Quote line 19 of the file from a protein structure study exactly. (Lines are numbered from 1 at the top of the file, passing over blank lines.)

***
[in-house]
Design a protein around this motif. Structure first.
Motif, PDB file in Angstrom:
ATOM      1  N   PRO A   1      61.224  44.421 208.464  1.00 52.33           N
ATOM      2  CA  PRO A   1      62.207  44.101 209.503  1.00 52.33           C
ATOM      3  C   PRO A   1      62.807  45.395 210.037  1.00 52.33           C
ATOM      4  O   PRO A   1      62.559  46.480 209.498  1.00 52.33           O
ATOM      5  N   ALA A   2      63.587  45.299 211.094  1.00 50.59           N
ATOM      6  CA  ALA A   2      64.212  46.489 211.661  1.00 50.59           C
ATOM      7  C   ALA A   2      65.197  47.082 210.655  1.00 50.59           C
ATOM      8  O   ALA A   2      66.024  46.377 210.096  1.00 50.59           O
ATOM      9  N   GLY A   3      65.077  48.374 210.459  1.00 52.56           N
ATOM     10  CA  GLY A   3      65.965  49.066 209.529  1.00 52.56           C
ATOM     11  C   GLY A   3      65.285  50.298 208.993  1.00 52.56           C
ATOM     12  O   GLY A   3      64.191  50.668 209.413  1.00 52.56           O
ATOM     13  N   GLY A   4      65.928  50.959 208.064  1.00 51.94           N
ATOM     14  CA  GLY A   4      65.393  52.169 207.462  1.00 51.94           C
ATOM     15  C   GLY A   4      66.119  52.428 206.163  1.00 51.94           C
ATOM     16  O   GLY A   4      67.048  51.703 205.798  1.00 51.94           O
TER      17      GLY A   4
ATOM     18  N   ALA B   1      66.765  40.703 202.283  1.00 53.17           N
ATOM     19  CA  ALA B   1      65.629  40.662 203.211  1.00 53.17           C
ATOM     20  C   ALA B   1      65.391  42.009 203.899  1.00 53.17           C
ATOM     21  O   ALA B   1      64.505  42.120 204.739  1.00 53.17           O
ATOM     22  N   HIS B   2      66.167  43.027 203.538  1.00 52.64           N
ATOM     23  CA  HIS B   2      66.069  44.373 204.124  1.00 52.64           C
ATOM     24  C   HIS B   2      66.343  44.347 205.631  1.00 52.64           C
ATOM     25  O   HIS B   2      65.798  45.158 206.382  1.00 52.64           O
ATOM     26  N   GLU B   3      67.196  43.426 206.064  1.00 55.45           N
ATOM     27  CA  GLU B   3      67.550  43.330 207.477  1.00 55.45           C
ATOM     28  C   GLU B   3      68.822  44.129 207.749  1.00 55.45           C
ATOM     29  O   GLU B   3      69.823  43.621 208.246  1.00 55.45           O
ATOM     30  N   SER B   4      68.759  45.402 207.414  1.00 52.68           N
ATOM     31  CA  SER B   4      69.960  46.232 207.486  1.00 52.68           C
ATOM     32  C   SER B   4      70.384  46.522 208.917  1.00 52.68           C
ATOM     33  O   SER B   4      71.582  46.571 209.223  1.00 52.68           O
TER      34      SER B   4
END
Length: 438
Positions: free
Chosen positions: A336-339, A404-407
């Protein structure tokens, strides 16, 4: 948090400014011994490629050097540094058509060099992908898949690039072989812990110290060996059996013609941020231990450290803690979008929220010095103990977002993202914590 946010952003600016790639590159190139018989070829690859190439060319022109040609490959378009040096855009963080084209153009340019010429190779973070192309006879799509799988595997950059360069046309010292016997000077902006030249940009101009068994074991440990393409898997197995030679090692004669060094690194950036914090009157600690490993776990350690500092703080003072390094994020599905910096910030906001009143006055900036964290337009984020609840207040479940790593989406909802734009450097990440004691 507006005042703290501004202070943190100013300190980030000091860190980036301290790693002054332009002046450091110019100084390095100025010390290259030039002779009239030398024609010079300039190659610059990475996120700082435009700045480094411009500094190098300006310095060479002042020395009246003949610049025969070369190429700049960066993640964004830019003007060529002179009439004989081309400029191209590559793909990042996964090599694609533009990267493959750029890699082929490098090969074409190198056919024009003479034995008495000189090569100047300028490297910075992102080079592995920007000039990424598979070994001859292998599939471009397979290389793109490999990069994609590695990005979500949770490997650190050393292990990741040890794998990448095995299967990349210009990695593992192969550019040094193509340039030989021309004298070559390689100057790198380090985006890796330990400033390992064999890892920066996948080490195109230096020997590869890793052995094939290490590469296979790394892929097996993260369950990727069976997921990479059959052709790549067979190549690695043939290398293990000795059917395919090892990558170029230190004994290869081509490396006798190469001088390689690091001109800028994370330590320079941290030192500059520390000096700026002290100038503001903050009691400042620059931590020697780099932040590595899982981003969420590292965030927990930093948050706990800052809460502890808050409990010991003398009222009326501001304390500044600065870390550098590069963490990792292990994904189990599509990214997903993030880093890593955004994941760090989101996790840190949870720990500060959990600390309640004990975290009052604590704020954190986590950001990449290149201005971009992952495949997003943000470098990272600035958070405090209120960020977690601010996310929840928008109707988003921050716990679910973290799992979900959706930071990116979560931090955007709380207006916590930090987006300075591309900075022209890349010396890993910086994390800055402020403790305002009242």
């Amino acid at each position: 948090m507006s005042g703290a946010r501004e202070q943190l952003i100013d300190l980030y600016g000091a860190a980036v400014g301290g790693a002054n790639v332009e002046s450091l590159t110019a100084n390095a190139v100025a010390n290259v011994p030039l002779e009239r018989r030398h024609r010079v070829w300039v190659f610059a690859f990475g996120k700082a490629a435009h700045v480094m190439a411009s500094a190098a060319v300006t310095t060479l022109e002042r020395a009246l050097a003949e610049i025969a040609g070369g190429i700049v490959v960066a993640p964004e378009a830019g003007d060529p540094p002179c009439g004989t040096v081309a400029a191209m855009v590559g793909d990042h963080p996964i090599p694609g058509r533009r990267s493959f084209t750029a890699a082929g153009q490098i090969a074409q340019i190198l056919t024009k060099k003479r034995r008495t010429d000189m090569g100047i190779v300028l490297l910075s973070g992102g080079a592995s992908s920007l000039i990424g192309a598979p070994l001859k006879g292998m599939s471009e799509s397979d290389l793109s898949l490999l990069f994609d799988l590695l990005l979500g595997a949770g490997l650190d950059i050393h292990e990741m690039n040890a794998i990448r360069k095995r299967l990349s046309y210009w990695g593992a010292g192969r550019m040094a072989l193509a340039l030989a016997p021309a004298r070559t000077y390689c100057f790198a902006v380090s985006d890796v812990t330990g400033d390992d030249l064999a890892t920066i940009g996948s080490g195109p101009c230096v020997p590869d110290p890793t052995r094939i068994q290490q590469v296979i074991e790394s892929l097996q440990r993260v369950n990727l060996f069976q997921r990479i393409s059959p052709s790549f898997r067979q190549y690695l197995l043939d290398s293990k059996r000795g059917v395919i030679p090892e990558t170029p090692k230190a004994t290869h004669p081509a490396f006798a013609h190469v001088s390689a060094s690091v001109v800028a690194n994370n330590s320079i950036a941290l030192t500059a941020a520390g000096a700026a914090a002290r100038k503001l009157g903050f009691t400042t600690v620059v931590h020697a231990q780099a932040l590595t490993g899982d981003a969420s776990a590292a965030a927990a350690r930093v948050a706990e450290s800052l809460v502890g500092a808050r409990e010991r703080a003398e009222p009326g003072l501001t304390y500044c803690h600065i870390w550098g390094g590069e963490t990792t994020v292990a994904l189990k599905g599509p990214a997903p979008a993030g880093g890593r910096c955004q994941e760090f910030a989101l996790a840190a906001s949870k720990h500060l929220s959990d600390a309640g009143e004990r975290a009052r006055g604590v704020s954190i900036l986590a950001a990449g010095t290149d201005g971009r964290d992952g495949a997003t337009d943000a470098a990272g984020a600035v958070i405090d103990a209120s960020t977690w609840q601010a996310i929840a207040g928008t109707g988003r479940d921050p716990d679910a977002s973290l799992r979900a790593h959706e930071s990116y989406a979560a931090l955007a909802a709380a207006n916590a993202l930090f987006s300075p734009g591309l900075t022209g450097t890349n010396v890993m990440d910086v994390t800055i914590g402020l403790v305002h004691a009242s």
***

ATOM     16  O   GLY A   4      67.048  51.703 205.798  1.00 51.94           O